One answer seems to be this: Sell female athletes as sexy bodies. Whether the extra audience thus captured is the audience that female athletes would prefer to have for their events is a very different question.
I came across a website, before the Sochi Winter Olympic games began, where several of the Russian female athletes were portrayed in skimpy lingerie. A few of the strongest examples:
This is not just a Russian idea. The Sports Illustrated annual swimsuit issue has included various female athletes:
Several female athletes have appeared in swimsuit shoots, though not on the cover. Steffi Graf appeared in 1997. In the 2003 issue, tennis player Serena Williams and figure skater Ekaterina Gordeeva were featured inside the magazine. Anna Kournikova appeared in an inset on the 2004 cover, and had a photo spread within its pages.
In 2005, Olympic gold medalists Amanda Beard and Jennie Finch, along with Lauren Jackson and Venus Williams, were featured. Maria Sharapova appeared in an inset on the 2006 cover and had a spread inside. In spring 2006, Sports Illustrated chose music as the theme for the 2007 issue.
Race car driver Danica Patrick appeared in 2008. She was featured in a four-page spread set in Singer Island, Florida.
For the 2010 issue, four female Winter Olympians appeared in swimsuits: Clair Bidez, Lacy Schnoor, Hannah Teter, and Lindsey Vonn as well as Ana Ivanovic. Criticism of Ivanovic's appearance in the magazine shortly surfaced, as the Serb was suffering a decline in form and confidence and subsequently dropped out of the WTA's Top 50 a month after appearing in the magazine. However, since November 2010 Ivanovic has re-entered the World's Top 20 and regained her old form and confidence.
And now the fun and games begin! Let's unpack all this, my friends!
This means feminazis-with-hairy-armpits-and-prudish-values on one side, strong-and-sexual-women-who-love-showing-their-bodies on the other side! Or reverse that, if you wish: We-who-know-how-all-women-should-live on one side and the-poor-deluded-other-women on the other side.
I'm disgruntled with the choice feminism ways of looking at the world. From the UK Telegraph article about the Russian pinup pictures:
As far as the Sochi team go, good for them, if that's what they want to do. Who are we to judge?Why would that disgruntle me? Let me count the ways:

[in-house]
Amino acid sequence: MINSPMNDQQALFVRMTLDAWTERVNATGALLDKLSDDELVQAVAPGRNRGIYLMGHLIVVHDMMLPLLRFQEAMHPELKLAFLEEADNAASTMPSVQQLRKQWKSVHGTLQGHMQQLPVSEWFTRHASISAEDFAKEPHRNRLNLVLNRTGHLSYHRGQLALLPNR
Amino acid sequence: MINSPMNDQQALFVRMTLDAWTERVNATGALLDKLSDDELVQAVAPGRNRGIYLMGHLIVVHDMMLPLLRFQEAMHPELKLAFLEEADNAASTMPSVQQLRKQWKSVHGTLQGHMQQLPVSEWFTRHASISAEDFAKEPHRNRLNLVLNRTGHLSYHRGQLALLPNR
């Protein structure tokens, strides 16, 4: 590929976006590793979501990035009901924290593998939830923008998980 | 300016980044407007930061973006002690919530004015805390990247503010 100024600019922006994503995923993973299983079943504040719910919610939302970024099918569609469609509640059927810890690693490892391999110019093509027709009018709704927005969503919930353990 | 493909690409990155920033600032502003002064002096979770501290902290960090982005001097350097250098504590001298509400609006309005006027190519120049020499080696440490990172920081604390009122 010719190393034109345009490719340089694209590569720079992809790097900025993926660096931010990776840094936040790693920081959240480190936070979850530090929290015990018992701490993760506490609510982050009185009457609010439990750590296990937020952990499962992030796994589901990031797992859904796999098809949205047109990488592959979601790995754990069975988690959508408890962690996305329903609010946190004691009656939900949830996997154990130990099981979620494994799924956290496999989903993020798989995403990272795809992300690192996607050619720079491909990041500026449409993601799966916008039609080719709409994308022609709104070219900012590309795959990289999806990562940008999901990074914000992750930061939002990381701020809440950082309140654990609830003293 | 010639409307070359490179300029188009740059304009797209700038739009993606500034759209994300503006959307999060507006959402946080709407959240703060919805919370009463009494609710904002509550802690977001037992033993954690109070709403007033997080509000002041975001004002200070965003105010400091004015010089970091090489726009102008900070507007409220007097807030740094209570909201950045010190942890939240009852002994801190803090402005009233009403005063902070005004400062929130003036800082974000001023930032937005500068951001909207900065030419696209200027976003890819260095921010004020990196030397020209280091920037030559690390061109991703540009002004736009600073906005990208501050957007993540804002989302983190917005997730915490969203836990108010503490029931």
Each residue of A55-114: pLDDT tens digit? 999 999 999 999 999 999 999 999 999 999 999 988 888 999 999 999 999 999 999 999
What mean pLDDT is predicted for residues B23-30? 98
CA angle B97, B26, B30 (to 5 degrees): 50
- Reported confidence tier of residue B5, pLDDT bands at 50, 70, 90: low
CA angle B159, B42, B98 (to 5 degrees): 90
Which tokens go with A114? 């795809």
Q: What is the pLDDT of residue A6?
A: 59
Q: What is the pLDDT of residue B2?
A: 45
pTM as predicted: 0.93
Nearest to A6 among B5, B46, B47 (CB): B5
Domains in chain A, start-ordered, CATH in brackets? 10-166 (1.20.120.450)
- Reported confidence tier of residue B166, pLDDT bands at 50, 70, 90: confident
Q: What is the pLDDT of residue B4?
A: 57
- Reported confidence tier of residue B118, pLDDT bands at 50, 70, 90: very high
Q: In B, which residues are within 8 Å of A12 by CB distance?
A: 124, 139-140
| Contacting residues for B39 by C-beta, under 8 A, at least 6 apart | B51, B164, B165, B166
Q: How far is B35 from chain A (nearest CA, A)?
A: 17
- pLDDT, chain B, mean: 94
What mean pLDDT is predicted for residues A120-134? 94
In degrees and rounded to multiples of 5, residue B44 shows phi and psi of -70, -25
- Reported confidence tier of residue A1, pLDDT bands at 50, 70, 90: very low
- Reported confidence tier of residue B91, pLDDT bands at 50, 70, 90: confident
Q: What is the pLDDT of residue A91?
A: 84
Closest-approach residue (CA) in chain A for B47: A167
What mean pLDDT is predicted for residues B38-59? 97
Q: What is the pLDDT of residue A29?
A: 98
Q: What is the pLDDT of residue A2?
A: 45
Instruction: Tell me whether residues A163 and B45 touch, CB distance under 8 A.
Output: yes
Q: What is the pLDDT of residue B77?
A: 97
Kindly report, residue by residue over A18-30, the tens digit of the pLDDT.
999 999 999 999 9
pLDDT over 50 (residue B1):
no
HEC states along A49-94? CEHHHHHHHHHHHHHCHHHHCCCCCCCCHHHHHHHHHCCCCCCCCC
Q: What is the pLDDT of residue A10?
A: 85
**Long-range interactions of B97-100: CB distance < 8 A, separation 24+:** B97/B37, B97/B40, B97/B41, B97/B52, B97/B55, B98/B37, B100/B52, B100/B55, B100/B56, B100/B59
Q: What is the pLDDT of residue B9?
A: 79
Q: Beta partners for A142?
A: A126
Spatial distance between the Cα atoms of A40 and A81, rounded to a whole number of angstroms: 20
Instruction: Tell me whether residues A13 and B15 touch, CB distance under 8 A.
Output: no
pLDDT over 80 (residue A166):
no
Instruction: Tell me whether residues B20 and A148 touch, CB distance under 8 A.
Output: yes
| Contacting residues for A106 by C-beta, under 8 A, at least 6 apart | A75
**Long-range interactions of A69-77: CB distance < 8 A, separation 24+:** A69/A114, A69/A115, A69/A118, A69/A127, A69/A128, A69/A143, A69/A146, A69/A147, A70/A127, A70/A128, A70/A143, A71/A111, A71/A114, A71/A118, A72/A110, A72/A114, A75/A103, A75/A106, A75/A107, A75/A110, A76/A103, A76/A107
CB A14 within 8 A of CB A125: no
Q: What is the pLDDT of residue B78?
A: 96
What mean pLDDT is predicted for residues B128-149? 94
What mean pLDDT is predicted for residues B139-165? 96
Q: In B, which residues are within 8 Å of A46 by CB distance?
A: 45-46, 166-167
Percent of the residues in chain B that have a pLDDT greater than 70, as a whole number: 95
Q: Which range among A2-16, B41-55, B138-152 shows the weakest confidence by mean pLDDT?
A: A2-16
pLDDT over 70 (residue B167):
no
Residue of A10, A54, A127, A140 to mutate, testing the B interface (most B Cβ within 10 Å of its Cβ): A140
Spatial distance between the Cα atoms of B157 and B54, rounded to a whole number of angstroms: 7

First, because we judge all sorts of choices people make all the time. As an extreme example, should I decide to murder my neighbor for dumping snow across my driveway I would not be making a feminist choice and my choice should certainly be criticized.
Second, because pure "choice feminism" can easily turn feminism into a nihilistic exercise. I have been once told that a woman who chooses to subjugate herself to her husband is a feminist because she made a choice.
Third, because the whole concept of "choices" is meaningless without understanding the culture within which they are made. A woman in, say, Afghanistan, does not have the same menu of choices available to her than a woman in, say, France, but neither of the two can be said to be "choosing" in a sense which is independent of the culture they live in. Thus, Russian women's choices are influenced by the Russian culture's views about women, men, sex and so on, and the same is true for American women's choices. Indeed, this is true about the choices we all make.
Fourth, pure "choice feminism" leaves out men altogether. It doesn't ask how the experiences of individuals differ because of their gender. Thus, we get articles written about the sexy pictures of female athletes which don't ask why we are not getting similar sexy pictures about male athletes in those same cultures*. Aren't they strong individuals with beautiful bodies? Aren't they proud of their sexuality?
Let me hasten to add that real gender equality, on average, would increase the menu of available choices for both men and women, and having more choices can be a sign of a better world. But that increased menu of choices for women (and men) is a consequence of more relaxed gender roles and different expectations about men's and women's proper roles. If we detach it from any basic theories about the role of gender we will arrive at all sorts of weird conclusions, including the idea that anything women choose to do is feminist and should be supported.
To return to the question in the title of this post: Would the soft-porn treatment of female athletes help to increase the audiences for those events? And if it does, how about extending that to any field where women compete? Female candidates for a political office could wear swimsuits in the debates, for example, or mud-wrestle. And would all this be just fine for the curmudgeony type I represent if male athletes and male politicians and so on also provided us with plenty of underwear pictures?
More seriously, I get that a deeper and more foundational debate is harder. It would turn to the question of possible innate gender differences in sexuality, the question of societal influences and the norms about how women are supposed to not be interested in visual sexy images and so on and so on. It would also turn to the question of power differences in the media representations of men and women.
But we could get into a debate about what it means to be a woman who is excelling in some field not linked to sexuality, how we view individual famous women not only as individuals but also as representatives of their gender and how that translates into the need to verify that female athletes, say, are still sexy, still feminine.
It might be the case that the more societies get used to seeing female politicians, female scientists and female athletes, the more dexterous they become in decoupling those concepts from the concept of women as somehow being the human beings who carry all sexual appeal and who must be ranked by that.
*Well, we get this picture of Putin, but somehow it's not very sexy